Pork and sauerkraut for a delicious new year.

Andy cannot let a new year's day go by without partaking in the Pennsylvania Dutch tradition of pork, sauerkraut and potatoes. It is said: pork and sauerkraut for good luck and a prosperous new year. It is said: eat sour cabbage for a sweet new year.  It is said: pork because pigs root forward with their snouts, signifying progress. Of course, there is the fact (in which tradition is so often rooted) that pork, cabbage and potatoes are what have historically been available in the belly of winter.  Armed with the lovely stories beget of humble facts, here we are, hoping that a simple meal will heap good tidings on our endeavors. Our meal was quite cobbled together, and not in keeping with tradition, but there were potatoes, albeit fried (in lard!) for breakfast; there was Milkhouse pork, albeit of the pulled variety, and there was sauerkraut, albeit from Morse's by way of Hannaford. The story of that last one is our cabbage seedlings got toasted in the greenhouse, we never planted more, we haven't gotten any storage cabbage from farmer friends and even if we had, odds are we wouldn't have fermented any given our track record for putting food by this year. But really, I'm fine with all of that, because I love Morse's sauerkraut. 

And now we're happily eating pulled pork sandwiches for the next few days. Not a bad beginning, especially given the wicked cold these days. It has been a harsh and beautiful winter so far. In between telling of their power outage woes, everyone who talks of the ice storm marvels at it's intricacy, its entirety. There is great allure to a landscape which shines so brightly we can hardly look at it.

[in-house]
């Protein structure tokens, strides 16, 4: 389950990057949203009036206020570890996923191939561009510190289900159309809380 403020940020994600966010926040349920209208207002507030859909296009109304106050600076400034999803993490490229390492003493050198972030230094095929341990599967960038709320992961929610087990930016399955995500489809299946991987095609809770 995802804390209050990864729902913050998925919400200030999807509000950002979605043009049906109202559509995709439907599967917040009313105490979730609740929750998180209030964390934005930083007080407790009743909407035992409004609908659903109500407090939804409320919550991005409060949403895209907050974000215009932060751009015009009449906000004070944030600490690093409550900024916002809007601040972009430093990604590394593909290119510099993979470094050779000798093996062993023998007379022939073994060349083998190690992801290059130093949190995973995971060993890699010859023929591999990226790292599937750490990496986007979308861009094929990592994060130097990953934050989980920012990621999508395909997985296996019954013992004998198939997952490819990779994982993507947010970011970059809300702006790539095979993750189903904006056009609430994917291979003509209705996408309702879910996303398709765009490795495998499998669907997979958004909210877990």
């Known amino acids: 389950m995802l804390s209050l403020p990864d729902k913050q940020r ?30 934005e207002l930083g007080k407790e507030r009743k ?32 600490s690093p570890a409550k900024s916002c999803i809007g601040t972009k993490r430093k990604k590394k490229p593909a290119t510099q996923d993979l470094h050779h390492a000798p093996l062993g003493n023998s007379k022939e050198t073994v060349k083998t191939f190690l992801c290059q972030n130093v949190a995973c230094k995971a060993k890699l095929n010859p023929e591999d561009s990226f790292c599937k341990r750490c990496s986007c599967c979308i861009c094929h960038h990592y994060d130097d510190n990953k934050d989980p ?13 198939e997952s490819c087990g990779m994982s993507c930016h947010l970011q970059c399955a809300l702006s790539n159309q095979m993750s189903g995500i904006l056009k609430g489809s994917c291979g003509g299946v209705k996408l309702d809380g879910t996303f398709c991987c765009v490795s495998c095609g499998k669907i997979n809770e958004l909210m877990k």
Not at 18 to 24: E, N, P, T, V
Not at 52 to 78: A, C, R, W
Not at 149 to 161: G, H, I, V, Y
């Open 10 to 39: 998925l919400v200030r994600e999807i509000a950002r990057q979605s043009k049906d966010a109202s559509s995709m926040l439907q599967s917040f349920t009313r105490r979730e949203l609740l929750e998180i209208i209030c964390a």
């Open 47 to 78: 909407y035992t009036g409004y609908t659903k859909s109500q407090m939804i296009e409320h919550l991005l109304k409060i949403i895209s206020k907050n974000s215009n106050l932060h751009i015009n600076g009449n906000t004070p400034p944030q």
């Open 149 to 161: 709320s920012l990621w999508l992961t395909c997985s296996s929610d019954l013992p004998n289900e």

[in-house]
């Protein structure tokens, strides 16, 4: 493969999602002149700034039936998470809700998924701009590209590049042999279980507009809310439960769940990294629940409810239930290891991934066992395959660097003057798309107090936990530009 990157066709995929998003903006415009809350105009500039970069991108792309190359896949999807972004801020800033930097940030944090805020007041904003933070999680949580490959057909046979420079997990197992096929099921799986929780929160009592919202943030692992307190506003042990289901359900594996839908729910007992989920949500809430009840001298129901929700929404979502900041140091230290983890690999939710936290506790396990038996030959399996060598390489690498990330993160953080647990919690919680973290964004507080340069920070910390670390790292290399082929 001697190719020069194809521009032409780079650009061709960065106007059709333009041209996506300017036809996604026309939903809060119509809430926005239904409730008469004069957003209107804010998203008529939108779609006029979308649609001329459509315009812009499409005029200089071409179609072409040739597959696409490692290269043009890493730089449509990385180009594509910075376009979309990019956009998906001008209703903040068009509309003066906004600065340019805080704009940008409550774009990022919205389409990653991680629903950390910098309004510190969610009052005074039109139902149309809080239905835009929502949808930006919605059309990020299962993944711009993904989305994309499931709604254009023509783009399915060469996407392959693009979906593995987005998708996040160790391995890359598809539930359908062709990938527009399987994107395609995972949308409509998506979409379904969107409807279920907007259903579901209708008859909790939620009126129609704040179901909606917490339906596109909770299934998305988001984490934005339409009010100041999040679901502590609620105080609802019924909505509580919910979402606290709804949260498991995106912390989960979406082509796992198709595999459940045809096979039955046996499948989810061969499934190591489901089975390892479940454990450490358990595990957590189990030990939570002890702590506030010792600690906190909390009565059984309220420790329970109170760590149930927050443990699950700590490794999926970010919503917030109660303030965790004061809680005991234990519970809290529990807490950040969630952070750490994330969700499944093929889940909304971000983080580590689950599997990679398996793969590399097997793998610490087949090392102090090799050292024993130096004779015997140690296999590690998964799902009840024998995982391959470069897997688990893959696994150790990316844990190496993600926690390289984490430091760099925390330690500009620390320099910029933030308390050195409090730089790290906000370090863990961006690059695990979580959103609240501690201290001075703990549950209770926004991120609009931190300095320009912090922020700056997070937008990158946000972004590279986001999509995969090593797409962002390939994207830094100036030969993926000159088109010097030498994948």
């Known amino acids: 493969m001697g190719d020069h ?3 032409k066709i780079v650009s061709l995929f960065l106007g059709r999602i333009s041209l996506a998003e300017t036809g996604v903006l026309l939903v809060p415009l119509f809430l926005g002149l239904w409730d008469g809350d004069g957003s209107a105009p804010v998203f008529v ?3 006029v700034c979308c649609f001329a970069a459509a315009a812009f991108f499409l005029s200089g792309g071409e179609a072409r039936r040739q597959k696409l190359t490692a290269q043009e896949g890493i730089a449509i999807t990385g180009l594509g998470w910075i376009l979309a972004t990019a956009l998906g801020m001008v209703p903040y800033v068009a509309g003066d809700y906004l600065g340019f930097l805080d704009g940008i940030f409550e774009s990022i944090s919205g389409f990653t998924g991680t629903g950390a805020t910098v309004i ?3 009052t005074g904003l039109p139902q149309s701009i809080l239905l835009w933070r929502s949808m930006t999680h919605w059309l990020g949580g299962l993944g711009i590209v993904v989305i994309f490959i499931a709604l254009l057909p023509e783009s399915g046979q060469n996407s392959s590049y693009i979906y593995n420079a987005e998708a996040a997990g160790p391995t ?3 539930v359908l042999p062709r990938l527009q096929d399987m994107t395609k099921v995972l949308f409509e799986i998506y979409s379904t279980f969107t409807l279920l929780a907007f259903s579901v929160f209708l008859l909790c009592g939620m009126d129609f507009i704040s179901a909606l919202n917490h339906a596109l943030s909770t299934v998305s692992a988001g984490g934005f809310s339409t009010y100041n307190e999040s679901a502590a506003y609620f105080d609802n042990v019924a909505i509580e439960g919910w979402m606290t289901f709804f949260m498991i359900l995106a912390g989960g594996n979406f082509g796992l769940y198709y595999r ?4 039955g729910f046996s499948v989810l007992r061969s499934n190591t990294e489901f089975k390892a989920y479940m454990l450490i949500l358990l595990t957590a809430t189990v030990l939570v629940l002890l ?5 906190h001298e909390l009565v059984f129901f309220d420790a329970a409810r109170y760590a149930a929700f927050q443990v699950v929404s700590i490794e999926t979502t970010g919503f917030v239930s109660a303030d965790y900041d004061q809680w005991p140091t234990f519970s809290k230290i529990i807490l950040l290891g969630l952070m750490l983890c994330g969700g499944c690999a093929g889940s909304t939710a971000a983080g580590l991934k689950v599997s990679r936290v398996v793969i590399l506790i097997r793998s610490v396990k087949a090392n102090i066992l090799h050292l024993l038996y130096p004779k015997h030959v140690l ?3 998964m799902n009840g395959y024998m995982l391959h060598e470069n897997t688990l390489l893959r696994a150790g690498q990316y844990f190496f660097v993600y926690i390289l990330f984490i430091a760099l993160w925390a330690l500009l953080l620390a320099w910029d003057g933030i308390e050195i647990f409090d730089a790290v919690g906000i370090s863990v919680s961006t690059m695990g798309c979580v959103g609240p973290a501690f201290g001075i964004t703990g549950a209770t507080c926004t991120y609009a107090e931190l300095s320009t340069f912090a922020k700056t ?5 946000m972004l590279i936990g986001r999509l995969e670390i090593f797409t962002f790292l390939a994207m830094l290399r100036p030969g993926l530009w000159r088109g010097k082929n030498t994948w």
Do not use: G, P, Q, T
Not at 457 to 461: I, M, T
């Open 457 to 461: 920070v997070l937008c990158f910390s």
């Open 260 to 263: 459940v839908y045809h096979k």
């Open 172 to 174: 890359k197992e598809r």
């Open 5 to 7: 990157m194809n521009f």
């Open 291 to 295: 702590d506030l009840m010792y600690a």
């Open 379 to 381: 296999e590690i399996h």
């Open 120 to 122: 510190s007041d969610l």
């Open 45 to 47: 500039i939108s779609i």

I am talking of this season's winter like I know it well when really my time outdoors has been much lessened by Andy's and my son, Linus. Our homebound days with him have been some of the sweetest of my life, and one of my favorite of many short eras. We're on the other side of that time now, for the most part, and learning how to juggle baby, business, our little homestead, and Andy's time at Two Loons Farm. Some days are hazy after little sleep, and on others, Linus sleeps like a champ through the night & day and we are unabashedly impressed with our once run of the mill daily accomplishments. 

A few updates from the Milkhouse: we've got winter pigs in the works, our yogurt and milk is now MOFGA certified, we're going to be the Belfast Coop's featured vendor for January, we're picking up some new equipment to make our yogurt processing more efficient and we're now selling yogurt and milk at a few new locations: Fresh Off the Farm in Rockport, and the Good Tern Coop and Terra Optima in Rockland. 

We've had a wild year and are looking forward to another year of many changes and much progress. Here's to a happy, healthy, bright, prosperous, and sweet new year. 

Series 1

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Series 2

 Linus

Linus

 These pig babies arrived shortly after Linus.

These pig babies arrived shortly after Linus.

 Sweet potato fries happen often.

Sweet potato fries happen often.

 The Hobart. Revolutionizing our methods. Our new favorite thing, after Linus.

The Hobart. Revolutionizing our methods. Our new favorite thing, after Linus.

 Snowed in.There are many hoop structures out there if you can spot em.

Snowed in.There are many hoop structures out there if you can spot em.

 Can't shake the ice.

Can't shake the ice.

 Andy's red bud trees, encased.

Andy's red bud trees, encased.

 The pigs keep in warm in the hoophouse. Note the steam.

The pigs keep in warm in the hoophouse. Note the steam.

 They are rarely still.

They are rarely still.

  I love me a batch of winter pigs.

 I love me a batch of winter pigs.

 Snow pigs. This fella is always in front. 

Snow pigs. This fella is always in front.